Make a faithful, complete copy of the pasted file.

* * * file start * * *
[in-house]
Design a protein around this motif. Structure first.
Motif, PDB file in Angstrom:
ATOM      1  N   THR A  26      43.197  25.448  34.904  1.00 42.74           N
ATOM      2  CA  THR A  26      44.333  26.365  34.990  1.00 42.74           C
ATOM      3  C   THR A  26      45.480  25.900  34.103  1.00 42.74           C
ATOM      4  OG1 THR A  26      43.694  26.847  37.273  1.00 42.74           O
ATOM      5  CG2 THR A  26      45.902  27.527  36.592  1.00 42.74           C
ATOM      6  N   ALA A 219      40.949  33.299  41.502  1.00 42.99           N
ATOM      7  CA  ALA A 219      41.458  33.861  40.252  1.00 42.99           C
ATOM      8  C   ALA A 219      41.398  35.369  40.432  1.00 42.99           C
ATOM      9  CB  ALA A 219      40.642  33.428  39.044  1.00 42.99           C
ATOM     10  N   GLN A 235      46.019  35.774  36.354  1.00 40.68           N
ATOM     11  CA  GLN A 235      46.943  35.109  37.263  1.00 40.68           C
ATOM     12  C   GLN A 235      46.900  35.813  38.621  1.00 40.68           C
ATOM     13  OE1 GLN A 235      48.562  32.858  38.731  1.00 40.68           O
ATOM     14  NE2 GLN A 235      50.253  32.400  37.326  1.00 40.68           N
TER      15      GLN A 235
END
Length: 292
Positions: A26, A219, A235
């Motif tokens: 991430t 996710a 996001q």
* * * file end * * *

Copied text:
[in-house]
Design a protein around this motif. Structure first.
Motif, PDB file in Angstrom:
ATOM      1  N   THR A  26      43.197  25.448  34.904  1.00 42.74           N
ATOM      2  CA  THR A  26      44.333  26.365  34.990  1.00 42.74           C
ATOM      3  C   THR A  26      45.480  25.900  34.103  1.00 42.74           C
ATOM      4  OG1 THR A  26      43.694  26.847  37.273  1.00 42.74           O
ATOM      5  CG2 THR A  26      45.902  27.527  36.592  1.00 42.74           C
ATOM      6  N   ALA A 219      40.949  33.299  41.502  1.00 42.99           N
ATOM      7  CA  ALA A 219      41.458  33.861  40.252  1.00 42.99           C
ATOM      8  C   ALA A 219      41.398  35.369  40.432  1.00 42.99           C
ATOM      9  CB  ALA A 219      40.642  33.428  39.044  1.00 42.99           C
ATOM     10  N   GLN A 235      46.019  35.774  36.354  1.00 40.68           N
ATOM     11  CA  GLN A 235      46.943  35.109  37.263  1.00 40.68           C
ATOM     12  C   GLN A 235      46.900  35.813  38.621  1.00 40.68           C
ATOM     13  OE1 GLN A 235      48.562  32.858  38.731  1.00 40.68           O
ATOM     14  NE2 GLN A 235      50.253  32.400  37.326  1.00 40.68           N
TER      15      GLN A 235
END
Length: 292
Positions: A26, A219, A235
């Motif tokens: 991430t 996710a 996001q």